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About the Poet Brian Turner was born in 1944. An outdoorsman, a mountaineer, a national representative hockey player, a keen cricketer, and an avid senior road cyclist he has made a unique career in New Zealand letters as a celebrated sports journalist, an author of a standard trout fishing guide among many other works, who is also a regular fixture in New Zealand poetry anthologies, an editor and a critic in his own right, and a playwright, art critic, environmentalist commentator and television writer to boot. His first collection of poetry, Ladders of Rain (1978) won the Commonwealth Poetry Prize and in 2003 he was appointed Te Mata Estate New Zealand Poet Laureate.

Turner has always been something of a contrarian in the New Zealand poetry scene, ironically, perhaps, by being something of a traditionalist. At a time when most younger New Zealand poets were consciously turning their backs on the New Zealand Nationalist preoccupations with the landscape and the New Zealand identity, Turner maintained an intensely concrete focus on place. The Otago landscape is his great recurring theme (see “Training on the Peninsula” for example). Everywhere in his poetry we find an attempt at rigorous authenticity of utterance, a poetic language that knits a specific experience to a specific time and place. If this occasionally veers into a somewhat self-conscious parading of his true son-of-the-soil authenticity, it has to be said that he comes by it honestly. At his best, and this is not seldom, his poems crackle with the intensity of their sheer power of observation. Turner is not a “poet’s poet” — although he experiments with a wide range of forms, one does not feel that complex prosodic effects are a primary concern — what captures and holds our attention in his poems is the singularity and clarity of individual vision:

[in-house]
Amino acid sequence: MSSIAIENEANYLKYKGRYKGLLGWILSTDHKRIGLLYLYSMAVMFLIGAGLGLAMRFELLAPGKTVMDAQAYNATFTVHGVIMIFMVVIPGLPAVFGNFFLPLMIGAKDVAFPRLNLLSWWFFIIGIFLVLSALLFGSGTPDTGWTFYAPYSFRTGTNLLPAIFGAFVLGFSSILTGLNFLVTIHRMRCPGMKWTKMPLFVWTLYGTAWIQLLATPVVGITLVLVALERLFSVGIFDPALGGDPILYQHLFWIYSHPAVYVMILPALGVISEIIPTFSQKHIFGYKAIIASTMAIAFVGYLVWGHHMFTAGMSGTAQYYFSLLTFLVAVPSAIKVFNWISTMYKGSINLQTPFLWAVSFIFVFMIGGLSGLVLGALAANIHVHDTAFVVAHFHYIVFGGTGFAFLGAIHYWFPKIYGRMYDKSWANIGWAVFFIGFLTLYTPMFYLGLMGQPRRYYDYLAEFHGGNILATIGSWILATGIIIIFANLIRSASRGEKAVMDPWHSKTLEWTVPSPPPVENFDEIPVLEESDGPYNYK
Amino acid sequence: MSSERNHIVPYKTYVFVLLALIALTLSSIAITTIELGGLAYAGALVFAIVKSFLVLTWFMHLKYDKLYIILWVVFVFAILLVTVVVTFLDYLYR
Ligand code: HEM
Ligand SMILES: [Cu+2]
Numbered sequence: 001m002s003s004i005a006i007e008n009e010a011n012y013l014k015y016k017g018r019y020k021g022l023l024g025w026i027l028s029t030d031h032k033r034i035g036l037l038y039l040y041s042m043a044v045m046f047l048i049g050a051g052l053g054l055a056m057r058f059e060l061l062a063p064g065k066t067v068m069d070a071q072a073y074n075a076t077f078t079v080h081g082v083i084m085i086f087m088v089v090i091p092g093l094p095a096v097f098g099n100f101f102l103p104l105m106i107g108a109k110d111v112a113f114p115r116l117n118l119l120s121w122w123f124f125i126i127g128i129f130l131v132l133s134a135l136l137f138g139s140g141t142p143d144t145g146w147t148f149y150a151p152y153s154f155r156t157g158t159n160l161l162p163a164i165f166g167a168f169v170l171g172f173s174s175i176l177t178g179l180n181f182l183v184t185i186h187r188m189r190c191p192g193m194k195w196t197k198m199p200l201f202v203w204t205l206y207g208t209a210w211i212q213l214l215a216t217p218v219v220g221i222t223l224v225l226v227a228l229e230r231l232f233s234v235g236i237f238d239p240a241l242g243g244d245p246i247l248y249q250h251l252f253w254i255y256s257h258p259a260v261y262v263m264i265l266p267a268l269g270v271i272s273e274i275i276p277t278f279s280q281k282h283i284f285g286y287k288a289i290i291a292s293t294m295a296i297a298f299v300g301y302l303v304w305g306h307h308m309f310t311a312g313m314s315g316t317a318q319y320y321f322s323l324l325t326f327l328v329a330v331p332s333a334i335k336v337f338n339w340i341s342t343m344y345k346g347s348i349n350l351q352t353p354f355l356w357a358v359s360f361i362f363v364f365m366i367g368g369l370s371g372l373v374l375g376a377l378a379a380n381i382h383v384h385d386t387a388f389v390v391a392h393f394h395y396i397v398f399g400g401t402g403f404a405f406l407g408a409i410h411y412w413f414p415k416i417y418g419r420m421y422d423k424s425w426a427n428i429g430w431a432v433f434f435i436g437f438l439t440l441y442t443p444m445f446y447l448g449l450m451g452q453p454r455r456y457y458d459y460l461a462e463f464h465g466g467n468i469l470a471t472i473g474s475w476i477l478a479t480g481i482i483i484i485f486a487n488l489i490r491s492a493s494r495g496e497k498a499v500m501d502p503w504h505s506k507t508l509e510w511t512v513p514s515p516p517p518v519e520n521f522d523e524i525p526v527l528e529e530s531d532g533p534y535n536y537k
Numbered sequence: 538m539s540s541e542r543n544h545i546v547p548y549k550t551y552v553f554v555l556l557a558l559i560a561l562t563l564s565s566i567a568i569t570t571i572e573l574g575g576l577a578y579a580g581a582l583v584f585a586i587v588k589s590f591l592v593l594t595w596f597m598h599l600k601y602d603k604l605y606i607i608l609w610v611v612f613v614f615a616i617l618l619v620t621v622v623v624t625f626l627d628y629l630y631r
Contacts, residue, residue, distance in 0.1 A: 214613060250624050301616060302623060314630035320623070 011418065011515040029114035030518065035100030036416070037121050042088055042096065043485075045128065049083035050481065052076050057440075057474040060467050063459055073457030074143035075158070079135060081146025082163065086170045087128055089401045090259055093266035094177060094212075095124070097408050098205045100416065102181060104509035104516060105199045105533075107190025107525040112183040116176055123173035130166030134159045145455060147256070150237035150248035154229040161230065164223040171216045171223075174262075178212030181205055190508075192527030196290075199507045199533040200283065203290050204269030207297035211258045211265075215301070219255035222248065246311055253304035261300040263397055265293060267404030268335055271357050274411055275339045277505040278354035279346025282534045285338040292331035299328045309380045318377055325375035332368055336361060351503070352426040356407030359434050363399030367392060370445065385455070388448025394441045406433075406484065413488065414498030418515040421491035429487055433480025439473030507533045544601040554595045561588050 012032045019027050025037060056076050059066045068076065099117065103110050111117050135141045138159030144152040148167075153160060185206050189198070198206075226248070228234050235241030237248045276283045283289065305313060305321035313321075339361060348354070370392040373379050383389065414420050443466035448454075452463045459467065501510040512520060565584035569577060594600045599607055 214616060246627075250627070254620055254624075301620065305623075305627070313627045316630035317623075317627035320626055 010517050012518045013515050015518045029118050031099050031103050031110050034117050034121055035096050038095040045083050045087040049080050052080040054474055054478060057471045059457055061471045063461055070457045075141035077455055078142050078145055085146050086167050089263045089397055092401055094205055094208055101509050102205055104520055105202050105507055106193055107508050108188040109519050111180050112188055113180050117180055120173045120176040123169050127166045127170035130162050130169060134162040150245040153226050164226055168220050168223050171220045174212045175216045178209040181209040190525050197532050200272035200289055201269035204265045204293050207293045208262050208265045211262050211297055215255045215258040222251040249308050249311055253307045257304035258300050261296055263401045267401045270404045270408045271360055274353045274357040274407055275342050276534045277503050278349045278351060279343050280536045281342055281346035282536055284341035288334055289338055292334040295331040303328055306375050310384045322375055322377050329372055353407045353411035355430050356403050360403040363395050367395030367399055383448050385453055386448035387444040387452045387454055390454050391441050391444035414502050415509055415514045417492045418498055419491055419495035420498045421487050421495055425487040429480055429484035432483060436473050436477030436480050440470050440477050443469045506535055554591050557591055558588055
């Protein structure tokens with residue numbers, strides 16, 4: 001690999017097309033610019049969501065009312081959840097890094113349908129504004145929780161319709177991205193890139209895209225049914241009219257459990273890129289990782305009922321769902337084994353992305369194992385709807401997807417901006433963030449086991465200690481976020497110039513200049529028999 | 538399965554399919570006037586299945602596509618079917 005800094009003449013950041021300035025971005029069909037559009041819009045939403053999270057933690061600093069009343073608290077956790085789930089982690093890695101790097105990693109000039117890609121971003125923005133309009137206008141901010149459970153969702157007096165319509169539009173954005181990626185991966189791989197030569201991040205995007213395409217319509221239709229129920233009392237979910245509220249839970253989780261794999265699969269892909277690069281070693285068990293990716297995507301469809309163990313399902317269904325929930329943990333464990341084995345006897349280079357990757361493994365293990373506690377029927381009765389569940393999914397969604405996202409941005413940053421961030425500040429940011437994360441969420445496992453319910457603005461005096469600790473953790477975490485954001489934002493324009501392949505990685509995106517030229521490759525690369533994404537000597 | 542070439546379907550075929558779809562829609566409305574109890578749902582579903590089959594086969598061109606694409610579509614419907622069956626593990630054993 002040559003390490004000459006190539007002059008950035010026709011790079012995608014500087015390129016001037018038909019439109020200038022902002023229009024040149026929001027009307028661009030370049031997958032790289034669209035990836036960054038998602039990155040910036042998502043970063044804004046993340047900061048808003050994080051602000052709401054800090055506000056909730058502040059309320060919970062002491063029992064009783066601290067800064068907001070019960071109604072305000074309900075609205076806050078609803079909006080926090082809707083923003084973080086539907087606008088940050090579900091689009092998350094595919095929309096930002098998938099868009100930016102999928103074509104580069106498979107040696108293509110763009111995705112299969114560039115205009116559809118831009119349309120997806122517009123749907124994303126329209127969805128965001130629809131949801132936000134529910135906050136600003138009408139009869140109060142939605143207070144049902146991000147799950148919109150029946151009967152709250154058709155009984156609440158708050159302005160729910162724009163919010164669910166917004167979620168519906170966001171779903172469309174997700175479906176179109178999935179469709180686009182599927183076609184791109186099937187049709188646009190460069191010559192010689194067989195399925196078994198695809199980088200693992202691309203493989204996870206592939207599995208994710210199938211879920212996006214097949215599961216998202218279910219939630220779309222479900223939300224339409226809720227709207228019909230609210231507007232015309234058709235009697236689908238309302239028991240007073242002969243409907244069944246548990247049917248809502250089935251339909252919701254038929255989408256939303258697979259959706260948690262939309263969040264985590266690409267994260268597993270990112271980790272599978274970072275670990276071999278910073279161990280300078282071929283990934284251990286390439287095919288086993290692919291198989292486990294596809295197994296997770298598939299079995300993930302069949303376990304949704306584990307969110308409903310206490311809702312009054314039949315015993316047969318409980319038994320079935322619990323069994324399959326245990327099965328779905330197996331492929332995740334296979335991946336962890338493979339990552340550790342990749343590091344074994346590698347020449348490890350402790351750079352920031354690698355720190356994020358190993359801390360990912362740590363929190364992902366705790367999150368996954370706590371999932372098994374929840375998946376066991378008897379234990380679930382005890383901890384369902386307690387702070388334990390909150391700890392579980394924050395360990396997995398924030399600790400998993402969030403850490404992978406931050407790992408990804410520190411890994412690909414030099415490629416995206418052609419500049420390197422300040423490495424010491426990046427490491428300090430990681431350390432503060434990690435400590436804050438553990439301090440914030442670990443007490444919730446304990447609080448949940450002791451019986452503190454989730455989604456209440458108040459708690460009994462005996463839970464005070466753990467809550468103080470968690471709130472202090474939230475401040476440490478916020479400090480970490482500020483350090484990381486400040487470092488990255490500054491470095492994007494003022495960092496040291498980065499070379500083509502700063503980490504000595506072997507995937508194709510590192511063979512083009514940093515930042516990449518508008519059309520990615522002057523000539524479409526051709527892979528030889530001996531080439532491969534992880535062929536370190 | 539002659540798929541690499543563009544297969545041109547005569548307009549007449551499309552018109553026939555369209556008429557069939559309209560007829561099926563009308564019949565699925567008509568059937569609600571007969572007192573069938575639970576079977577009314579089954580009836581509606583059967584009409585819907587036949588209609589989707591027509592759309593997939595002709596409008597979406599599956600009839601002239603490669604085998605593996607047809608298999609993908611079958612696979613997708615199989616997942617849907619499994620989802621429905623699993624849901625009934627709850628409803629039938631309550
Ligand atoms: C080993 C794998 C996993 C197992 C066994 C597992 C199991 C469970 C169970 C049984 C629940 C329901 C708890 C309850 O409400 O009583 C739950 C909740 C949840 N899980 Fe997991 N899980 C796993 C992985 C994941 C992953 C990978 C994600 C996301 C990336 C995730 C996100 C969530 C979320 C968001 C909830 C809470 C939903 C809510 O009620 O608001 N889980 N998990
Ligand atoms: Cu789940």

He lies and swings with the current. He pumps like a bellow, slowly. The water swirls and purrs over him. (“Trout”)

Turner’s devotion to authentic experience underlies, too, the strong vein of social and moral criticism in his poetry. The postindustrial, post-everything modern world is a frequent foil, held up as essentially artificial in comparison with the world of nature. “Panoply,” for example, is a powerful lament for the depredations that humans have visited upon the environment.

As a reader, Turner is much what you would expect from his poems: intense, precise and inclined to linger lovingly on moments of particular affective power.

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